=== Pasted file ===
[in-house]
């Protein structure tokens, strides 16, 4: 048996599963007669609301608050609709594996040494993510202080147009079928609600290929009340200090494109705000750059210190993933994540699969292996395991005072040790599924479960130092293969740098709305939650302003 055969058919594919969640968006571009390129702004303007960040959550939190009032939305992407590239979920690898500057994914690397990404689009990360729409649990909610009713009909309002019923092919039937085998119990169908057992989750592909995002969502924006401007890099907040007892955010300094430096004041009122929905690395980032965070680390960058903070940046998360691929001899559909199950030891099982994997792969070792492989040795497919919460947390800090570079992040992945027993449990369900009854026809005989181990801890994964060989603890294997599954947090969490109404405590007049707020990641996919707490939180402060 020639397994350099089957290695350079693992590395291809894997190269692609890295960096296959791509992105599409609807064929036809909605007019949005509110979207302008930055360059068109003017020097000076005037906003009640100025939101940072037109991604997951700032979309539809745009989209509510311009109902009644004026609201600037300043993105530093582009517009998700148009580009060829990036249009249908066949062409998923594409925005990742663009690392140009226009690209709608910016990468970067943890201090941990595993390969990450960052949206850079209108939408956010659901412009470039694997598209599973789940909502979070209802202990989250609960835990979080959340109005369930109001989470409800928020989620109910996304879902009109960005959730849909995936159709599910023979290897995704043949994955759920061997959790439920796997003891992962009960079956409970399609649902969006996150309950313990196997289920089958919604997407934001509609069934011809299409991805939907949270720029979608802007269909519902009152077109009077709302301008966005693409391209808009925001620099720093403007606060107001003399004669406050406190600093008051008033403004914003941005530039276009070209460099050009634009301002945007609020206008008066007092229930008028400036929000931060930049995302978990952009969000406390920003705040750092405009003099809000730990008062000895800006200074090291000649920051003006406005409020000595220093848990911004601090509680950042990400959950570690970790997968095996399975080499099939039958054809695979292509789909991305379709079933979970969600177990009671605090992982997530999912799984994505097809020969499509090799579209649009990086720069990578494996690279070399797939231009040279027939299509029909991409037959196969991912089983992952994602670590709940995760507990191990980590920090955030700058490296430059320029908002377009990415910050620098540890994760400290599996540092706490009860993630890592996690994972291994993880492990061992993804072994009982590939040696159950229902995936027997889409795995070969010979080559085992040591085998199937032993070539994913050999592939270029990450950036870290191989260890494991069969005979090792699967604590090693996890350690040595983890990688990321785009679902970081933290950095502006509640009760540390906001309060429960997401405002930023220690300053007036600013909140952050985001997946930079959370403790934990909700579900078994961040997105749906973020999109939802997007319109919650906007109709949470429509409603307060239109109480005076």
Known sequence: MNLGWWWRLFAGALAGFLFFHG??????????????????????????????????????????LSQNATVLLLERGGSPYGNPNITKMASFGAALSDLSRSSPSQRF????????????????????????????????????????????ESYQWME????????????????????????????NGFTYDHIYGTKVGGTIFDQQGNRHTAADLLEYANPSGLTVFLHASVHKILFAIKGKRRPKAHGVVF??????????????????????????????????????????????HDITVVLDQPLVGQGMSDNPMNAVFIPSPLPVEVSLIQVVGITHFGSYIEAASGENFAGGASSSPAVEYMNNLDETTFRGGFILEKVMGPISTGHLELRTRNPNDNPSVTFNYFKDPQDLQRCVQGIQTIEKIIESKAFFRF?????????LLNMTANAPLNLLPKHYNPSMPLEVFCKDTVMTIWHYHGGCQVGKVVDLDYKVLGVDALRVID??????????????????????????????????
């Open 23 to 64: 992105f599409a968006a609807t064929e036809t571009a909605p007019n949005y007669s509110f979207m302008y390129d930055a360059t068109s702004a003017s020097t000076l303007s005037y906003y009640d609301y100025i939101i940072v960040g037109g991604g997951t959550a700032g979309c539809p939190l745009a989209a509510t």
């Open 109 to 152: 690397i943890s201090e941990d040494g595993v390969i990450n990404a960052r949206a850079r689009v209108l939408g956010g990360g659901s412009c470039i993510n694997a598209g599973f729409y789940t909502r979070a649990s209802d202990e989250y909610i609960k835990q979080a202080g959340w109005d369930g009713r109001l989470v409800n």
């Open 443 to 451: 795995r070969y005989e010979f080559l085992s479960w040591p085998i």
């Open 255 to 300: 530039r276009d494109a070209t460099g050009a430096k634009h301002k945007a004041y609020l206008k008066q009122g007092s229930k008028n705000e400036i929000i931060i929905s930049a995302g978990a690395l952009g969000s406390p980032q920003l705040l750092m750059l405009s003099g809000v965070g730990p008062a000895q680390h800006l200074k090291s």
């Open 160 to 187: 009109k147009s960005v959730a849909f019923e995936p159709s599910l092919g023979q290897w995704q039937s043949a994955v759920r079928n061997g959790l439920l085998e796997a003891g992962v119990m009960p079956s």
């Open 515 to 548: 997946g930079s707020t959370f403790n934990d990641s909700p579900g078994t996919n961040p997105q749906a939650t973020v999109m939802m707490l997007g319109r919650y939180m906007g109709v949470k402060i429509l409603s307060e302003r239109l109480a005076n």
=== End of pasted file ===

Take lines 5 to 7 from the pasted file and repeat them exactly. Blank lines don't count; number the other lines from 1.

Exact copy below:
């Open 109 to 152: 690397i943890s201090e941990d040494g595993v390969i990450n990404a960052r949206a850079r689009v209108l939408g956010g990360g659901s412009c470039i993510n694997a598209g599973f729409y789940t909502r979070a649990s209802d202990e989250y909610i609960k835990q979080a202080g959340w109005d369930g009713r109001l989470v409800n």
């Open 443 to 451: 795995r070969y005989e010979f080559l085992s479960w040591p085998i």
């Open 255 to 300: 530039r276009d494109a070209t460099g050009a430096k634009h301002k945007a004041y609020l206008k008066q009122g007092s229930k008028n705000e400036i929000i931060i929905s930049a995302g978990a690395l952009g969000s406390p980032q920003l705040l750092m750059l405009s003099g809000v965070g730990p008062a000895q680390h800006l200074k090291s």